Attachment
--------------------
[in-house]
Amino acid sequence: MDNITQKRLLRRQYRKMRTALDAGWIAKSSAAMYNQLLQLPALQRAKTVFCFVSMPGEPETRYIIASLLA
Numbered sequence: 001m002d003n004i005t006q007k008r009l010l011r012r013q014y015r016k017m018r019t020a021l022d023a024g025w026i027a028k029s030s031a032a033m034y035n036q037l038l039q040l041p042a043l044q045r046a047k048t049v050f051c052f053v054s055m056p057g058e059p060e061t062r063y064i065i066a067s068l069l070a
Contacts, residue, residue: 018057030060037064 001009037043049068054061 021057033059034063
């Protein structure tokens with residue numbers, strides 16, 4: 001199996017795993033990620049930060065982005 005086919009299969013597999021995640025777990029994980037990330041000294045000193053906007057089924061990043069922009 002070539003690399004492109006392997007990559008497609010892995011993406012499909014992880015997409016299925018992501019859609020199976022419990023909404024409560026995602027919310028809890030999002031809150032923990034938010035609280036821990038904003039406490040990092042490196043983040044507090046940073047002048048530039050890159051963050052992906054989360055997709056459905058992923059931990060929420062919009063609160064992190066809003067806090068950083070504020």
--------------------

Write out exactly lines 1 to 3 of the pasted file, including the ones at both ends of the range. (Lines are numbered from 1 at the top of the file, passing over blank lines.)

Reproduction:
[in-house]
Amino acid sequence: MDNITQKRLLRRQYRKMRTALDAGWIAKSSAAMYNQLLQLPALQRAKTVFCFVSMPGEPETRYIIASLLA
Numbered sequence: 001m002d003n004i005t006q007k008r009l010l011r012r013q014y015r016k017m018r019t020a021l022d023a024g025w026i027a028k029s030s031a032a033m034y035n036q037l038l039q040l041p042a043l044q045r046a047k048t049v050f051c052f053v054s055m056p057g058e059p060e061t062r063y064i065i066a067s068l069l070a